My first scratchbuilt wagon
By Phil Parker
There is a oft propagated myth that anyone who is a half way decent modeller was born this way while everyone else has to struggle to cut a piece of card without cutting their fingers off. Not so. When I was about ten, I built a wagon.
My first wagon came about because I wanted to transport cattle on my train set. I didn’t have any money but I did have a bag of balsa wood, a knife, some glue and a Trix wagon chassis.Early scratchbuild – real wagons don’t look like this !
I set to and built a balsa box. It had a door on the side and thanks to a clever bit of work, I made it hinge down using a dressmaking pin cut in half and pushed into the bottom of the door each side to act as a pivot. There was strapping on it made from card although it was based on barn door rather than wagon door strapping ! My little cows could breath thanks to the ventilation in the ends. I even chamfered the otherwise flat roof. After painting it with poster colours it went into service doing numerous circuits behind a Tri-ang 3F and some Grafar wagons.
Actually, I don’t suppose it did many circuits, the couplings were incompatible with the rest of the stock so it would have kept uncoupling. I would have given my plastic cows a few runs though and let them out onto the station platform (can’t remember if I made a cattle dock) and felt quite pleased with myself.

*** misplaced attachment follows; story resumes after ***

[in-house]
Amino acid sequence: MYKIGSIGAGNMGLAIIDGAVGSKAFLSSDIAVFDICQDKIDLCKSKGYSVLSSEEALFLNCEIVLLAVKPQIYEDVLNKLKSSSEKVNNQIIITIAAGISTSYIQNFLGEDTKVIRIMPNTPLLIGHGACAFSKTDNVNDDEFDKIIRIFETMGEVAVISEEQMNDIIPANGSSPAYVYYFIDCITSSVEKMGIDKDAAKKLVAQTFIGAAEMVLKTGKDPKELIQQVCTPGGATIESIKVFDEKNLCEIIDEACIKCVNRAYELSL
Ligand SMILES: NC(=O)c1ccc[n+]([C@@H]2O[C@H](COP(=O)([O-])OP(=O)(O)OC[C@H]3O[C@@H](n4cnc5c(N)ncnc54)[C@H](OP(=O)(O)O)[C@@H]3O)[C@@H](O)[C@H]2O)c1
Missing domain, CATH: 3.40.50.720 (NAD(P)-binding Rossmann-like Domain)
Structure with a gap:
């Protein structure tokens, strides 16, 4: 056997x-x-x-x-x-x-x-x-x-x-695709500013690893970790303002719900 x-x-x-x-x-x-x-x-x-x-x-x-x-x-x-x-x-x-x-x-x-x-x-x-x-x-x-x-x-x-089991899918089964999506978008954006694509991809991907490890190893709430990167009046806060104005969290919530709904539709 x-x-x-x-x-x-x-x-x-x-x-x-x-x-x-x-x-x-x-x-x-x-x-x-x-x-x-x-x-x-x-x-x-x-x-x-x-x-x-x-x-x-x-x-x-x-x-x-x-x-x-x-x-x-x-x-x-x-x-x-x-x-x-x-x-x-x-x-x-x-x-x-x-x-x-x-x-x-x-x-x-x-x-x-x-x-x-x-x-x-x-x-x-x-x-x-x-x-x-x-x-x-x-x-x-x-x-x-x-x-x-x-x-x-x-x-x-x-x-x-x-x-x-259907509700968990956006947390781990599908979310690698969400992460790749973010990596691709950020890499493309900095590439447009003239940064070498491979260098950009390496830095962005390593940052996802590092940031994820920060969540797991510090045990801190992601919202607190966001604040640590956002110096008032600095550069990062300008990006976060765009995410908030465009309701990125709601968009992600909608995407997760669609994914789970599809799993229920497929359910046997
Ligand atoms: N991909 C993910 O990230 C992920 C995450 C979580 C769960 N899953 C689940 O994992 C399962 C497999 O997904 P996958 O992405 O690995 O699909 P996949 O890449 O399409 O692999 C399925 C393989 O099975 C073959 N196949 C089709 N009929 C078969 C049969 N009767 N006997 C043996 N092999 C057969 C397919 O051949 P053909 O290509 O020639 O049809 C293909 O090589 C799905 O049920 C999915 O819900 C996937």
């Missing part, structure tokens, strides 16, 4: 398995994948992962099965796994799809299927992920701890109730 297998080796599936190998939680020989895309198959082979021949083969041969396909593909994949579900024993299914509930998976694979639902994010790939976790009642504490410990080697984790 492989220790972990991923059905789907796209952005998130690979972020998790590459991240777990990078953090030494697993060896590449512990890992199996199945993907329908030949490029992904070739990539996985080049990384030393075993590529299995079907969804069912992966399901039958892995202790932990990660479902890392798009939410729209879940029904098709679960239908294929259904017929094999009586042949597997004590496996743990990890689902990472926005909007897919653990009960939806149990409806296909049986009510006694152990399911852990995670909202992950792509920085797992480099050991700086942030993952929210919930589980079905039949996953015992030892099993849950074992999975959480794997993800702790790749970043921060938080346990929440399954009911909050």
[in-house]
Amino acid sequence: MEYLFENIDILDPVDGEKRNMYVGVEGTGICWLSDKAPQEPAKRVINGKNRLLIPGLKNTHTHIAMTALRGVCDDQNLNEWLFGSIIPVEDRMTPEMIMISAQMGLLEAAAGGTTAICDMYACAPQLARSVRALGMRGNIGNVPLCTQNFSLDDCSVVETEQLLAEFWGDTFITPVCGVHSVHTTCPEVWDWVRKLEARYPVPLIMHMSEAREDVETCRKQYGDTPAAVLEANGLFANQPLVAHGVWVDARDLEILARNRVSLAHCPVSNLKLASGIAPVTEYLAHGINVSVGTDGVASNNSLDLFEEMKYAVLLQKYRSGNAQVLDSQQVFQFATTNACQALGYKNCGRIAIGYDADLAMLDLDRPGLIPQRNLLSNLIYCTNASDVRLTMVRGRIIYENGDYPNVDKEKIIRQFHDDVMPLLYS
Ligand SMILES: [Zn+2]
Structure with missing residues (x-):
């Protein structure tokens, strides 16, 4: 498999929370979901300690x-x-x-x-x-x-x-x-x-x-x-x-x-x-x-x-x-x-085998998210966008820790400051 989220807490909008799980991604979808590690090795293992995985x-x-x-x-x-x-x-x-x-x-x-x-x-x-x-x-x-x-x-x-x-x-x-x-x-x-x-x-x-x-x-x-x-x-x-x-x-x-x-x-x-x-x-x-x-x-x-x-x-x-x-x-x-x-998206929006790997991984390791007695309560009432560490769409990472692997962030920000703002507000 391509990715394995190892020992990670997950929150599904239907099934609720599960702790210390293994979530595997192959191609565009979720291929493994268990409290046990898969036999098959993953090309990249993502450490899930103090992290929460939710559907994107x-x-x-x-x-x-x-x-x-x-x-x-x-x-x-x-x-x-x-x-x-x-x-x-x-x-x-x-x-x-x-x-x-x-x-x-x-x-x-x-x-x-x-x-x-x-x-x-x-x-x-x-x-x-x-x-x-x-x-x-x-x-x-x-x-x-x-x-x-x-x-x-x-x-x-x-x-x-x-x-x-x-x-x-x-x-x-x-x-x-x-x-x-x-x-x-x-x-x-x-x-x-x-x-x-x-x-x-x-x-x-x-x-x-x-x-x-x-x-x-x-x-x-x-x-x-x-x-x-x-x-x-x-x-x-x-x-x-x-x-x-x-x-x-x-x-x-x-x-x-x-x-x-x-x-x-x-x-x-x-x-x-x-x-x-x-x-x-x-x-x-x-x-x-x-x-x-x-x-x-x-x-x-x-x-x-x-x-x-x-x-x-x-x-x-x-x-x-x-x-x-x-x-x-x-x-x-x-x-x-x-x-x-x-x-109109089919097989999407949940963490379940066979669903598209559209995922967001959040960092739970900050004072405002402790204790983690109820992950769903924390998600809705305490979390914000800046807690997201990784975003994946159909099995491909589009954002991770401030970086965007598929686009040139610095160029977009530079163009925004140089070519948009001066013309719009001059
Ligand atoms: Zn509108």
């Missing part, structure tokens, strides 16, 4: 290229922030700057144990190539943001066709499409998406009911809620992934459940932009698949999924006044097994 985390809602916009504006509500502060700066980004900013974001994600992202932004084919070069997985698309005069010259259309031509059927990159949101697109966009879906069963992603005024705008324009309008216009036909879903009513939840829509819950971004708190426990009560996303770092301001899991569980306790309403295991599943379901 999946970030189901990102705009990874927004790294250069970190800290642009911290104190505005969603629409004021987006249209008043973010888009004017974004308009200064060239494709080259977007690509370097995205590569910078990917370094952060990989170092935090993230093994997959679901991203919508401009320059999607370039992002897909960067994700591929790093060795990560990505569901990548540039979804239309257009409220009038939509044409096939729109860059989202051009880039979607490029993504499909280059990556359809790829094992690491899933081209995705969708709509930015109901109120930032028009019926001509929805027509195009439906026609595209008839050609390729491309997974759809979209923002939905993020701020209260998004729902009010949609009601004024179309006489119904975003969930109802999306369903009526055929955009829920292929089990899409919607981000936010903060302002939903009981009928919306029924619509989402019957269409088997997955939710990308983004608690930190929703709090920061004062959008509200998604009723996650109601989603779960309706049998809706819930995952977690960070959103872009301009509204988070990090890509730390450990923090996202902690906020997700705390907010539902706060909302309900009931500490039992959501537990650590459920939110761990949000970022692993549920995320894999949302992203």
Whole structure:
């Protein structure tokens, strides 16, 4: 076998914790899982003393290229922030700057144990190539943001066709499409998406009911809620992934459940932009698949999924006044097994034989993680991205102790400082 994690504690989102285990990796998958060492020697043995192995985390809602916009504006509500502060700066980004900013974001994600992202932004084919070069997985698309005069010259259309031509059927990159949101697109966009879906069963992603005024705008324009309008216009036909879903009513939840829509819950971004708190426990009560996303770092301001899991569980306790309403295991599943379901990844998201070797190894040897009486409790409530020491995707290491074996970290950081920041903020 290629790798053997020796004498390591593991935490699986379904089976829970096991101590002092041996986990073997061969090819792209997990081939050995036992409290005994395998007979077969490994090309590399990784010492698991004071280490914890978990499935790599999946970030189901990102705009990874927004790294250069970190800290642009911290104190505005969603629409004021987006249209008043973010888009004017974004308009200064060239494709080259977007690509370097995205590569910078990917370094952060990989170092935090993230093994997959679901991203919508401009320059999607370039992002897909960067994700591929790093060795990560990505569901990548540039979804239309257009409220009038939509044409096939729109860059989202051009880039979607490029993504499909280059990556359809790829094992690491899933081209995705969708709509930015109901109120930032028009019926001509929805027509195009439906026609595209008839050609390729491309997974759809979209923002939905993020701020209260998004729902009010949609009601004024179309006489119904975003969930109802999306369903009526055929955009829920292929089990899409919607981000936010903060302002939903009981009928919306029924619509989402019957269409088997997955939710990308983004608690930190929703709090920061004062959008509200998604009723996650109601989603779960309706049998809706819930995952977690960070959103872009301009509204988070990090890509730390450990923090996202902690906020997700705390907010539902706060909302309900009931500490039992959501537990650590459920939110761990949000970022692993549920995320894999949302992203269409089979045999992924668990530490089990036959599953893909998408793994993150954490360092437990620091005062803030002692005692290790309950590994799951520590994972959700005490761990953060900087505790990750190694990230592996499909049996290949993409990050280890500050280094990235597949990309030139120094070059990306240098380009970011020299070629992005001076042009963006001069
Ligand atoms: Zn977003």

LSWR 10 ton wagon20 years later, and with a good deal more experience, I built another wagon. This time it was to be an LSWR 10-ton van. No ready made chassis for me this time, plasticard all the way. W-irons are whitemetal and the brake gear is leftover from Parkside kits. The buffers are whitemetal.
The body is a plastic box with overlaid plastic detail and wire handrails. The doors don’t work but the roof is curved this time.
I’m proud of both these wagons. My first lives wrapped in tissue paper in a box to remind how far I have come. I had forgotten I still had it until a few weeks ago and will now make every effort to preserve it. The later vehicle is also a model to be proud of. It is accurate and runs well on my Hospital layout. In 20 years I managed to learn quite a lot. Needless to say there is still more to learn and my modelling journey continues. So to all those I would say keep trying. I won’t take you twenty years or even a quarter of that. You have the benefit of better tools and materials plus the assistance of all your friends in DOGA. Have fun!
This article was first published in the Spring2004 Double O Gauge Association Journal
All Material copyright the Double O Gauge Association 2004.